August 28, 2012
From Creamer Media in Johannesburg, I’m Motshabi Hoaeane.
Trade and Industry Minister Rob Davies says revised codes will accelerate BEE implementation.
United Nations food chief Jose Graziano Da Silva hopes for a coordinated G20 response to food price rises.
And, Egypt’s new leader Mohamed Mursi, steps out onto the world stage seeking 'balance'.
Trade and Industry Minister Dr Rob Davies says that the revised broad-based black economic-empowerment (or BBBEE) codes, which Cabinet approved last week, will accelerate the implementation of BEE and broaden the effects of empowerment.
The revised BBBEE codes, reduced the generic scorecard to five elements. As a result, employment equity and management control will be consolidated, and preferential procurement and enterprise development merged to form a supplier development element. The codes will be open for a 60day comment period once they are officially gazetted.
The revision will also see the introduction of priority elements including, ownership, skills development and supplier development. Large enterprises have to comply with all three priority elements. The priority scores of entities that don’t comply with sub-minimum requirements in each priority will be discounted.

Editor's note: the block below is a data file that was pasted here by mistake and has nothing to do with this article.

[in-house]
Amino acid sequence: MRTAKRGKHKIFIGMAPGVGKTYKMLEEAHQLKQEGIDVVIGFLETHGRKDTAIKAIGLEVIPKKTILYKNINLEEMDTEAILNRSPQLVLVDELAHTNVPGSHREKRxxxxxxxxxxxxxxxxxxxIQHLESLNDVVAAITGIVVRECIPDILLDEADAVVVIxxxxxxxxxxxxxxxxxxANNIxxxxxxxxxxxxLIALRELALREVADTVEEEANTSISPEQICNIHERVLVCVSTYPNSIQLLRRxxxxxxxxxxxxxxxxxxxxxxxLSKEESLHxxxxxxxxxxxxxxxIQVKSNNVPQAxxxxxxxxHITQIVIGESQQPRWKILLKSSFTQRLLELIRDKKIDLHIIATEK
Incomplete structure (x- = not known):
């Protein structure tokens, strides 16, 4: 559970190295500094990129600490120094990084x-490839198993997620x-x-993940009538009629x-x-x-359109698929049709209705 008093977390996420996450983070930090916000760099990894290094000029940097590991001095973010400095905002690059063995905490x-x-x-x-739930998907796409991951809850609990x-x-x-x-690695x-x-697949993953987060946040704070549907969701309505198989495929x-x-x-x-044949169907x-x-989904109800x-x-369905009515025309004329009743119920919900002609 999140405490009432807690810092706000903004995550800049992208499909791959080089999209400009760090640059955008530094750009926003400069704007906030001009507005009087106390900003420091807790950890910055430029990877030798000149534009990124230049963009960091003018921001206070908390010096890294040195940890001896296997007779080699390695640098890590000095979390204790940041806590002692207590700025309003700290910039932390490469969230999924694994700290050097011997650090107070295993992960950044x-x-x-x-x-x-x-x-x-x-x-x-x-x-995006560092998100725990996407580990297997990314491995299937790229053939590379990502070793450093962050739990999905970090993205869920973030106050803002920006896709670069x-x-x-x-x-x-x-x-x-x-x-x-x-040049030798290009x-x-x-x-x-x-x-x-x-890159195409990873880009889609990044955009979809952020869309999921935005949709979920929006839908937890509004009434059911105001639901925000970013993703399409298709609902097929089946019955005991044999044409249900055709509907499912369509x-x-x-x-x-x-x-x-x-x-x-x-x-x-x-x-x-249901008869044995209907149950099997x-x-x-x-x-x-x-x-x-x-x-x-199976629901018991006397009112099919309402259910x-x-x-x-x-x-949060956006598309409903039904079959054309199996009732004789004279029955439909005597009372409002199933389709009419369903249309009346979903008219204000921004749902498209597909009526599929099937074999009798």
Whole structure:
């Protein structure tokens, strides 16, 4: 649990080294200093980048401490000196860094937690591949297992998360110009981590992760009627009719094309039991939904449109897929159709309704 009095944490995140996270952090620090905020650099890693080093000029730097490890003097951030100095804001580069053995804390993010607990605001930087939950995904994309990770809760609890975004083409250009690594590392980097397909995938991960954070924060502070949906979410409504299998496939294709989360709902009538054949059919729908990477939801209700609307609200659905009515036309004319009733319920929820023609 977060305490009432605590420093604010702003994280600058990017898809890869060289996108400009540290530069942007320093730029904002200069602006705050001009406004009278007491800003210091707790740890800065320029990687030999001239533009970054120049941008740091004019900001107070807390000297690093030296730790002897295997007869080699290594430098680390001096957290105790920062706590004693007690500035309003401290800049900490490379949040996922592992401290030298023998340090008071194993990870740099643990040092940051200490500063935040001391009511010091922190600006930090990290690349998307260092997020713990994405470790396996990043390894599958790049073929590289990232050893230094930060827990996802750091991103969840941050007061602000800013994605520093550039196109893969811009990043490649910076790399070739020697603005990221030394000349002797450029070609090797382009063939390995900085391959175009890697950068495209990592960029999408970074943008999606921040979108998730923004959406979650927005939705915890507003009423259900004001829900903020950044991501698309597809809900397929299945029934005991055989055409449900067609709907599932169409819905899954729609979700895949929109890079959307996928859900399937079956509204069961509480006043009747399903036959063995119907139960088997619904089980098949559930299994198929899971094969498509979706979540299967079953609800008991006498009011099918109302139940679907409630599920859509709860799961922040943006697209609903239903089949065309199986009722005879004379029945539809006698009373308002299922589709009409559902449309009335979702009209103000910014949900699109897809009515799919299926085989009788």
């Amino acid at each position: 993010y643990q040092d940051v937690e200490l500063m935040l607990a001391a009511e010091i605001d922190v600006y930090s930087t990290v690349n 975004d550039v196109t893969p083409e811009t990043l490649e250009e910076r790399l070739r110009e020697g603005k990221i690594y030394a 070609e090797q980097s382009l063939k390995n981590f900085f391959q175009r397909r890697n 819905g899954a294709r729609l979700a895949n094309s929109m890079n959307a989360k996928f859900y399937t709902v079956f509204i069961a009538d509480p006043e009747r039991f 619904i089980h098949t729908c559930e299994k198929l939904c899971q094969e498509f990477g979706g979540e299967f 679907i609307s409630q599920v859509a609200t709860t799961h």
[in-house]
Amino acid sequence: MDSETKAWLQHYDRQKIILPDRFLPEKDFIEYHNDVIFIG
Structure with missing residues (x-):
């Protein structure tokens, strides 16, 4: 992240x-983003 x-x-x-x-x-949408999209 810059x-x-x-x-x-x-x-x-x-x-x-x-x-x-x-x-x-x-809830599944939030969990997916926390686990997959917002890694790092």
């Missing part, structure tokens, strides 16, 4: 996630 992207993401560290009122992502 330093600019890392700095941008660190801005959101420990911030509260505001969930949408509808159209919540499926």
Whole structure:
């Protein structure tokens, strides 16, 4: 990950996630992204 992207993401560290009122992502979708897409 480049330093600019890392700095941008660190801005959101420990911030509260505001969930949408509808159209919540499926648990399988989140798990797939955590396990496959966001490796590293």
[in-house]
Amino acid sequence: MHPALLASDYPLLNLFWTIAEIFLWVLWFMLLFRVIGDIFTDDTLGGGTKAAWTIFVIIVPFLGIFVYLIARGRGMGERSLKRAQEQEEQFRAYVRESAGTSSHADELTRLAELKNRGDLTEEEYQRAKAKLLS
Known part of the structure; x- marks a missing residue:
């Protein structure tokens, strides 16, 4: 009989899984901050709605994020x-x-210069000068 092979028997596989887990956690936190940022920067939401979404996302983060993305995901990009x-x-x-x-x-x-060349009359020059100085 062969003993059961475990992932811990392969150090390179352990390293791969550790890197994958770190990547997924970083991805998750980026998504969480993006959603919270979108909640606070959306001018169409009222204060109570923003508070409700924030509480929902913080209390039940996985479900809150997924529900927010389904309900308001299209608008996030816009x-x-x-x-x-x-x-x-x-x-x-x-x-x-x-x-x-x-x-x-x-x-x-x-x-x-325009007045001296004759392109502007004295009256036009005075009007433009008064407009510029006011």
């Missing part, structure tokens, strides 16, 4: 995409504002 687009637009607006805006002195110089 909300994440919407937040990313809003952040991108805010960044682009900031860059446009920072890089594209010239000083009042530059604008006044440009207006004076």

The head of the UN's food agency said on Monday that the Group of 20 nations must agree on coordinated action to ease worries about food prices. Food prices account for most of the production of the crops at the centre of concern.
UN Food and Agriculture Organisation Director-General Jose Graziano Da Silva said he wouldn’t characterise the current food price rise as a crisis, but it could reach that level if harvests in the southern hemisphere were disappointing.
He said any coordination should involve avoiding unilateral export bans and encouraging substitution of foods, for instance the eating of beans in Latin American and of casava in Africa.
Officials have said that senior figures from G20 countries will discuss the alarm bells raised by the food price rises and how to combat volatility this week. However, any decisions are unlikely before a mid-September report on grain supply
Egypt's new Islamist president Mohamed Mursi says he’ll pursue a "balanced" foreign policy, reassuring Israel its peace treaty was safe. He was hinting at a new approach to Iran and calling on Bashar al-Assad's allies to help lever the Syrian leader out.
Mursi, who was elected in June and consolidated his power this month by dismissing top military leaders, is seeking to introduce himself to a wider world ahead of a trip to Iran and China.
His emphasis on balance suggests he is seeking a less explicitly pro-American role in the region. However, he has also been at pains to reassure traditional allies.
Also making headlines:
The OR Tambo regional elections shed some light on the Mangaung battle.
The European Union's foreign policy chief Catherine Ashton says Somalia must form a new government.
And, the divide between the rich and poor scars Angola as it heads for the polls.
That’s a roundup of news making headlines today.